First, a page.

MRSA at Norwell High School

By Corinne Rose

June 18, 2010 Updated Oct 19, 2007 at 6:31 PM EDT

(Ossian, IN) -- At least one Norwell High School football player did not take the field Friday night.

That's because the boy is one of Norwell's two confirmed cases of the potentially fatal bacterial infection MRSA.

Two Norwell athletes have the potentially deadly bacteria MRSA, and have not been in school for days.

A high schooler in Virginia died from MRSA earlier this week.

Friday, Norwell High School students carried home letters to their parents outlining steps the district is taking to contain the spread of the antibiotic-resistant bacteria, and disinfect the school.

But parents in Northern Wells County are still very concerned.

Becky Jackson\Mother of Two Norwell Students: " I know they'll do what they can as far as preventing the spread, you know, with washing things really well. But even working in the kitchen we're kind of concerned about it."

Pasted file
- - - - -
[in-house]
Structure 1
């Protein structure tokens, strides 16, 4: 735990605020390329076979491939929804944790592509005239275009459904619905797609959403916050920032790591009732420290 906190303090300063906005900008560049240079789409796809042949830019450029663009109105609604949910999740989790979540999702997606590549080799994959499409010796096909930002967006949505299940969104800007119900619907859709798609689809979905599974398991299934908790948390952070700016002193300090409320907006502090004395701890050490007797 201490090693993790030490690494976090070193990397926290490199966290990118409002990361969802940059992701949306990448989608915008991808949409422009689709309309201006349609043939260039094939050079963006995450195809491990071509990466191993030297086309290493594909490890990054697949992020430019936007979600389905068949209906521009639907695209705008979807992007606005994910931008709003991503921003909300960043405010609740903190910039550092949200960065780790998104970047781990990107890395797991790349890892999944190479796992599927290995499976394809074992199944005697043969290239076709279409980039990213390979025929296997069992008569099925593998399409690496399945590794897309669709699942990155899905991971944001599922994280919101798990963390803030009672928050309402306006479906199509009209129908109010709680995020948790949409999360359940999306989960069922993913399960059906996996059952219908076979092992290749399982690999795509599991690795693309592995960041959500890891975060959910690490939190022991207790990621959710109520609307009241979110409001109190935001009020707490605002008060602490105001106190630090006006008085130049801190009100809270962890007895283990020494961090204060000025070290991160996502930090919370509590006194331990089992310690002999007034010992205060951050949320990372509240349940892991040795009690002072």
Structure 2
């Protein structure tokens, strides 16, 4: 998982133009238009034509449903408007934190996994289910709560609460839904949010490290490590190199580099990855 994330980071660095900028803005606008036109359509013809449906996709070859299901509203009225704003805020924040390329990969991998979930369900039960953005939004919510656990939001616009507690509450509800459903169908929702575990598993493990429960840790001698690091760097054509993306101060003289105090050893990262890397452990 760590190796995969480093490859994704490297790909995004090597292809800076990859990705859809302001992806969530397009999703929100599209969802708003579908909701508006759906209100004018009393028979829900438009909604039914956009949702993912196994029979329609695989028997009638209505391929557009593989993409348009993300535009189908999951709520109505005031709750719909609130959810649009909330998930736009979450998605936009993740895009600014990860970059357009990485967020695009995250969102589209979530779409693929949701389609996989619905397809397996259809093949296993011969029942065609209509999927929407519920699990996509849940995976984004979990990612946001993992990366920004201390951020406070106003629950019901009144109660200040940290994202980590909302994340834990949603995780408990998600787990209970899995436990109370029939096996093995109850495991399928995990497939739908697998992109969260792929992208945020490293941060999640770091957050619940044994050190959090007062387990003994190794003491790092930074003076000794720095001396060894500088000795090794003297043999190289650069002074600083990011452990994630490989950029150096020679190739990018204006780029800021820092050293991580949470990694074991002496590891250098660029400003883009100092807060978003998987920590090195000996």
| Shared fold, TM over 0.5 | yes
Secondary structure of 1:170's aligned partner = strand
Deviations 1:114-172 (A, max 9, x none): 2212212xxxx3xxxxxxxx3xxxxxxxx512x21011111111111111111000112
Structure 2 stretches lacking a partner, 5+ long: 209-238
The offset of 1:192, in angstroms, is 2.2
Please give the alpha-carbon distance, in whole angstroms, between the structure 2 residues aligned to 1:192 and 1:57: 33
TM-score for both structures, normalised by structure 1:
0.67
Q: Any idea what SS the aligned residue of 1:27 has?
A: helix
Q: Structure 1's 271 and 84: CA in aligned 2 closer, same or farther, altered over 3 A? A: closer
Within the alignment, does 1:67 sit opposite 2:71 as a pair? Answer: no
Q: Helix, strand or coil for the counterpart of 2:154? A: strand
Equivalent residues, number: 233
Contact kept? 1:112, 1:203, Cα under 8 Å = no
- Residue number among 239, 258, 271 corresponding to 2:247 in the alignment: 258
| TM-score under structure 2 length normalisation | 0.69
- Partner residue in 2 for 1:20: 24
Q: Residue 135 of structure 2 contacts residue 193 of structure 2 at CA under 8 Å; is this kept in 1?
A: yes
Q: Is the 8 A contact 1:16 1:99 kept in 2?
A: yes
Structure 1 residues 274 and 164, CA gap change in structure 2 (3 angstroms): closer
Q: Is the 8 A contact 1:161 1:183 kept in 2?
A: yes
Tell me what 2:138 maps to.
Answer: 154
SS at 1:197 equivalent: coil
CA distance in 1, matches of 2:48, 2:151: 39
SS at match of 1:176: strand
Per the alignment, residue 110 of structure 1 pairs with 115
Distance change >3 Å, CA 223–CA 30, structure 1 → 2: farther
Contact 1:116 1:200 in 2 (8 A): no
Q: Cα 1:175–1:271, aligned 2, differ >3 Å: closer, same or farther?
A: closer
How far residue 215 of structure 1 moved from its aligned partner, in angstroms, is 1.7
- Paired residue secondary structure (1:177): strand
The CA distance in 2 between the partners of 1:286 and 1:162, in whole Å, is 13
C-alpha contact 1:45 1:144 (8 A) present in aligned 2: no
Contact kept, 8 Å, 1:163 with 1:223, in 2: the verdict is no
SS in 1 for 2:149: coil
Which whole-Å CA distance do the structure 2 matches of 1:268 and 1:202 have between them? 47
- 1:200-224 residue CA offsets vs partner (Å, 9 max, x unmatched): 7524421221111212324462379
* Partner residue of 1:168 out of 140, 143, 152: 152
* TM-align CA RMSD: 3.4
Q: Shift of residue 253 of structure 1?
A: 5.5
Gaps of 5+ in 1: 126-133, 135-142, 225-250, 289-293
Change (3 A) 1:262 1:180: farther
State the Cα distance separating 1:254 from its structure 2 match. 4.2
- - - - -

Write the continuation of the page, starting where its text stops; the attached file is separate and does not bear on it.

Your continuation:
We talked to a woman whose daughter swims for Norwell, and she actually got a regular staph infections last year. It was so bad, that took months to clear up and even took a surgery. And now that mom says she's worried about MRSA.

Chris Cossairt\Mother of Norwell Athlete: " I'm pretty worried, actually, because we had gone through that. And there's a couple other athletes that were swimmers that have had skin infections from pool water. And I am worried about it. I just hope that other kids don't have to go through what we did. And even though it was a mild case of it, it wasn't MRSA, it was hard on her."

Because the patients are athletes, the district shut down Norwell's weight training room for two days to disinfect it.

Custodians have also used antiseptic in the locker rooms, on floor mats, and on desks in the school.

And Northern Wells' interim superintendent confirms that a couple other students have been referred to their doctors to see whether they've contracted MRSA, as well.

MRSA is spread by skin to skin contact, but can also live on surfaces for days and even weeks.

The best way to prevent it is keeping clean.

Health officials say if your skin is irritated and red for more than two days, you should see a doctor.

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